Killer Snail Venom

When you think predator, snails probably don’t come to mind. But the venom from a cone snail is so strong it can paralyze a fish in seconds. Now, researchers think a synthetic form of a toxin in the venom may help them conquer pain.

Pain Specialist:
“Nature provides so many answers to our problems and this is just another example of that.”

Cancer patient, Sallie Williams is testing out the new drug. She says constant pain puts a damper on her lifestyle.

Sallie, Cancer Patient:
“If I want to go outside and walk, I can’t do that anymore.”

Brenda, Daughter:
“You hate to see your loved ones suffer all the time, constantly in pain. If this is something they can come up with that’s going to give them some kind of relief where they can enjoy themselves, then I’m all for it.”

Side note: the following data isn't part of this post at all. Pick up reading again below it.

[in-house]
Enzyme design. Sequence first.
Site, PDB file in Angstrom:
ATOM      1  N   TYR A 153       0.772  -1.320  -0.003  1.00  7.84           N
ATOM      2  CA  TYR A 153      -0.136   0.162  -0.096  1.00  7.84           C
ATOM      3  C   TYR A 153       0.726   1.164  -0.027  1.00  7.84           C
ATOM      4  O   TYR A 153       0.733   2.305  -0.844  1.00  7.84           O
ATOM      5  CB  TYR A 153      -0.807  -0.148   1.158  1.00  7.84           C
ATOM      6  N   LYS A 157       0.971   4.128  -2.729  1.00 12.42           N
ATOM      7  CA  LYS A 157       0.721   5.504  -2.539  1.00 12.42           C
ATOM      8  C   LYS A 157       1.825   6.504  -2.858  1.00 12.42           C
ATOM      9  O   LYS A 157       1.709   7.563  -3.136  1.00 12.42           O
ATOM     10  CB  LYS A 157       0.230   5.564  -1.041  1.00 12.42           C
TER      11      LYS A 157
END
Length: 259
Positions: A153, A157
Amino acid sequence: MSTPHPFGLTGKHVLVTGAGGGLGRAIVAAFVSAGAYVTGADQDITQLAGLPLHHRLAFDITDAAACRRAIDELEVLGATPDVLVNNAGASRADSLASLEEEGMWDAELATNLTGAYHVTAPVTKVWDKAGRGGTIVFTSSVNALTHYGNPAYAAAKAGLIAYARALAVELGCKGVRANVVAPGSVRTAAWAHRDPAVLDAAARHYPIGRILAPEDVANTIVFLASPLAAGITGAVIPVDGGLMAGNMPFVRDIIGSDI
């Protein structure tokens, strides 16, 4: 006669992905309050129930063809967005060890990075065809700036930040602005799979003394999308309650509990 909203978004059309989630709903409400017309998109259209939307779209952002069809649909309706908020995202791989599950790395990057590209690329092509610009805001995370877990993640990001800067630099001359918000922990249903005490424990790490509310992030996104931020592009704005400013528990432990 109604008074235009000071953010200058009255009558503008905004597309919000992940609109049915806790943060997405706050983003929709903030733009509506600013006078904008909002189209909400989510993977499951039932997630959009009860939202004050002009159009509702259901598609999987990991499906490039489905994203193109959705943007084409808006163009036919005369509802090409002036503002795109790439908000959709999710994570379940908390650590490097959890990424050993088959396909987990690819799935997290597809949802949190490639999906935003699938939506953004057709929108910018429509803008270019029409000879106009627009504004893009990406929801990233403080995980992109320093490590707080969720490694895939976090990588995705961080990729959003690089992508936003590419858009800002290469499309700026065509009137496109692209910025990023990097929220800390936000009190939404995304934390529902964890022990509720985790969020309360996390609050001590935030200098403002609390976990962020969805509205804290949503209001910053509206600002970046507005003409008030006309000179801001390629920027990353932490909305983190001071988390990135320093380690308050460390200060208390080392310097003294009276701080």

A pump, surgically implanted in the abdomen, delivers the drug directly into the spinal cord. The drug paralyzes the nerves that transmit pain to the brain.

This type of problem has never been able to be treated by any drug. In fact, the only other alternative was to actually destroy nerves that were involved. Obviously when you destroy nerves, you have a high potential of losing function.

Patients and their families hope the new drug can give a one-two knockout punch to pain. Patients with terminal cancer or AIDS are participating in the drug study at 30 medical centers across the country. If the drug proves effective, it could be in widespread use within two years.

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